If only we had this great Arsenal player in today’s team …….

November 26, 2015

Arguably the return of a re-invented Coquelin in the latter part of last season was the biggest factor in our improved defensive stability.

Many (including me) would have put the procurement of another top quality DM at the top of our shopping list last summer.

It didn’t happen and we may now have to wait and see how costly that will be with Coquelin sidelined for the next 12 weeks.

Rather than keep moaning about what could have happened, I thought I’d fantasise about the influence my favourite Arsenal player would bring to the current side if he were that missing signing and at his peak of 27 years of age.

P2

What our current team really needs is the Patrick Vieira of 2003/4. In my opinion, he would make this current Arsenal side considerably better than it is now – and it’s not too shabby at the moment :). Don’t get me wrong, when the team clicks as it did against Zagreb the other night (not the strongest of opposition) having a Vieira in the side would be a luxury rather than a necessity, but it is when we are under pressure that a player of his stature would come into his own.

He possesses all the qualities we need to make the team complete. A natural leader, fearless, strong, skilful, powerful, tall and elegant. A player who could tackle, who could defend, who could see a defence splitting pass, who could go forward and score a goal. He wouldn’t allow his teammates heads to go down. He wouldn’t sit back and watch our players get bullied.

But then I thought maybe there may be another ex Arsenal player of the EPL era who would make a similar or maybe even greater impact in a different position.

Some among us had been calling for a top striker over the summer. Would you prefer to see a TH14 at the peak of his powers instead of PV4 (I’m only allowing you one fantasy). Or maybe you think DB10 as our greatest ever player would have to be the one?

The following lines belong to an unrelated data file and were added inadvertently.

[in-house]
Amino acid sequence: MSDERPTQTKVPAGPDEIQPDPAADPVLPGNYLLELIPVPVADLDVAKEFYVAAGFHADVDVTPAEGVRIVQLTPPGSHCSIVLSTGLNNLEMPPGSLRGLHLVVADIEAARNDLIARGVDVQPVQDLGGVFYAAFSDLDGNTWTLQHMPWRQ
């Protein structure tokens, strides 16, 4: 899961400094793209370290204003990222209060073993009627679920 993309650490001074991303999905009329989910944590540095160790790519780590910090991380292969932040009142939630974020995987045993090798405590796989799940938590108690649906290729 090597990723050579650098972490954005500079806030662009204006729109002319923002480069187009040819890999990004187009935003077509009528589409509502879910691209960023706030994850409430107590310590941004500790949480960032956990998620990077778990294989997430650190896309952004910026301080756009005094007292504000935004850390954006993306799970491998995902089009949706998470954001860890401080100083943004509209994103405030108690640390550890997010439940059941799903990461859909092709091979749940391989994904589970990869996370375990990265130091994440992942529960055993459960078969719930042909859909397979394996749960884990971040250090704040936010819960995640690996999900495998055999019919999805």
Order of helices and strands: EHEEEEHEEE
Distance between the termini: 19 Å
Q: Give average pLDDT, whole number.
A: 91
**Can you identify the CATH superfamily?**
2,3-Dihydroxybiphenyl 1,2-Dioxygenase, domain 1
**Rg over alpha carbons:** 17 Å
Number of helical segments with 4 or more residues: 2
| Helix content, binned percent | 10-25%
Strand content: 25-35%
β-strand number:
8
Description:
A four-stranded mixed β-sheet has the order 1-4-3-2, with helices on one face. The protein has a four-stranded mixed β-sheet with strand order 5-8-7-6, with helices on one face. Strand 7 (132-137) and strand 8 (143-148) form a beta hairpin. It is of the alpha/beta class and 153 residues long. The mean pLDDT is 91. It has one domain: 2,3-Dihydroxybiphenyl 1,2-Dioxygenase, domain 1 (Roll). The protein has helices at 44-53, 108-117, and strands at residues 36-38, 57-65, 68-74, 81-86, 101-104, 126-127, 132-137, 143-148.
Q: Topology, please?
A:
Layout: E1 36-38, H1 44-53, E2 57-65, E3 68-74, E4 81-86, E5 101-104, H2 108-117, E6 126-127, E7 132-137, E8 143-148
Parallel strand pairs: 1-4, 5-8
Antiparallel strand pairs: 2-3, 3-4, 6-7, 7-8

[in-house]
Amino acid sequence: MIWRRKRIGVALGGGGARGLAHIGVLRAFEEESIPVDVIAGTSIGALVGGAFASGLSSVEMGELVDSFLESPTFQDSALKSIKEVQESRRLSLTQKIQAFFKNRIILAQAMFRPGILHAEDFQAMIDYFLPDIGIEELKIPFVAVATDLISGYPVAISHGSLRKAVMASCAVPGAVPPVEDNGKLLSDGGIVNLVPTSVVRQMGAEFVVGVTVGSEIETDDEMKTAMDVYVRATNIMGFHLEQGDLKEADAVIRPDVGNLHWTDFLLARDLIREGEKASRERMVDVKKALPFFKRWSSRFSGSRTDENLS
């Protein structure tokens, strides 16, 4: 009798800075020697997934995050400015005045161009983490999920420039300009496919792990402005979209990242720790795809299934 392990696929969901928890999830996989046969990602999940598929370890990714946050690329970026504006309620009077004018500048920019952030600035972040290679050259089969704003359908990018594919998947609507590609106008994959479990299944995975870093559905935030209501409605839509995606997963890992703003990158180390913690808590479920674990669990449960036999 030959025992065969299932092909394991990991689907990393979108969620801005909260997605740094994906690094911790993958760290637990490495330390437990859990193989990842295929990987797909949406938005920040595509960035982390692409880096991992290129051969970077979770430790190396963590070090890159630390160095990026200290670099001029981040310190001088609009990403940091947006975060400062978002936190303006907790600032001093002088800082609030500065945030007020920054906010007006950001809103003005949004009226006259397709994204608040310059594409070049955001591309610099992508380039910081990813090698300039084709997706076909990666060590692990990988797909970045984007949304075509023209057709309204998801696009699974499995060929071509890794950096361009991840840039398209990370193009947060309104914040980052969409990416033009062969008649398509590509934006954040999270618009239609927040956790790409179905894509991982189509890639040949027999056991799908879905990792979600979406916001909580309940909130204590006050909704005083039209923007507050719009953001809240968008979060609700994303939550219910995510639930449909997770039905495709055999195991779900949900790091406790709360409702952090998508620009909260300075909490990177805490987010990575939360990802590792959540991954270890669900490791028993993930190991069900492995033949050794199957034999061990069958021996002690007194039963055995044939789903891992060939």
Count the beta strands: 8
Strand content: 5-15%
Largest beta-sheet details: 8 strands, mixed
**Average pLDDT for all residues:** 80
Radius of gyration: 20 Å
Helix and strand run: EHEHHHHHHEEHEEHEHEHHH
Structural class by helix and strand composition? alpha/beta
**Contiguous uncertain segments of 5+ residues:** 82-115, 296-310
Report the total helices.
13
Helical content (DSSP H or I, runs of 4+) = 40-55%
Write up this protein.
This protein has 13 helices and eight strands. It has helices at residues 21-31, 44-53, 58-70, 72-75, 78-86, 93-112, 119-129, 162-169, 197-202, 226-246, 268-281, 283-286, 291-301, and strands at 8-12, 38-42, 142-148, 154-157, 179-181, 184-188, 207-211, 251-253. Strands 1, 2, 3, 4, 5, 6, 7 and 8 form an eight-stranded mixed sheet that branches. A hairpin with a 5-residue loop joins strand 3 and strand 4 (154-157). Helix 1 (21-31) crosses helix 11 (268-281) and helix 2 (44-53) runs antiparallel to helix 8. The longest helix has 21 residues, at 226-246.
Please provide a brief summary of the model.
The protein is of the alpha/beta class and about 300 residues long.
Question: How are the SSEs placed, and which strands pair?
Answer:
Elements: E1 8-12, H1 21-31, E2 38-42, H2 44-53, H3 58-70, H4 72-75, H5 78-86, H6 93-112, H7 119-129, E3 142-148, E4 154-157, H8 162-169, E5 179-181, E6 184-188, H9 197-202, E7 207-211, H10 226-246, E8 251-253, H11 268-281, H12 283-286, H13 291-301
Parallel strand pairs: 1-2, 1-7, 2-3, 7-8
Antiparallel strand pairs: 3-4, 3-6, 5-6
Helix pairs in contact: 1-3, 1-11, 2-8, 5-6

What about a proper winger; Mark Overmars, or the massive presence of Sol Campbel in defence. Maybe you’d prefer Seaman in goal in place of Cech –  or the calm control Gilberto brought to our midfield? Dare I ask if Ashley Cole or the underrated hard man Lauren is what our current team really needs? What about the artistry of Pires or the Arsenal DNA of Tony Adams.

These are the rules: you can only choose one ex player from the EPL era to bring back to our current squad at the peak of his powers. The player has to be the one you think would bring about the greatest improvement to the team.

I’m going to list the most likely candidates, if your preferred choice doesn’t feature on the list, tell us in comments who and why.

Rasp

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Vote for the Next Arsenal Manager

November 22, 2013

Having a few minutes free I start as I often do  to consider life after Mr Wenger. Who doesn’t?

The man has been a stalwart but even he will have to let go at some point. SAF was approaching his dotage when he retired and my hope is that Mr Wenger will retire in time to enjoy the evening of his life. He is approaching 65 and it would not surprise me if he refuses to sign a longterm contract. In which case, let’s play the “Manager Game” …….

I have certain requirements; they must be Arsenal men, they must be under 50, they must be winners,and they must be comfortable with the press. So that rules out most chaps. But who could possibly take over?

Many of our ex-players have taken coaching badges over the past decade and as such can be considered.

1. Tony Adams. Don’t laugh. This is Mr. Arsenal we are talking about. He has PL and foreign managership experience, he has interesting views on Arsenal and football in general which could improve the club. He knows how to organise a defence and above all else TA is a winner. So why not? Well …..

2. Remi Garde. This little fellow is definitely in the frame. Currently manager of Lyons in France and a self-confessed Spurs hater. He has the experience and has already (according to the Redtops) been approached to be Director of Football at THOF.  He speaks fluent German as well so will be able to chat to our new signings.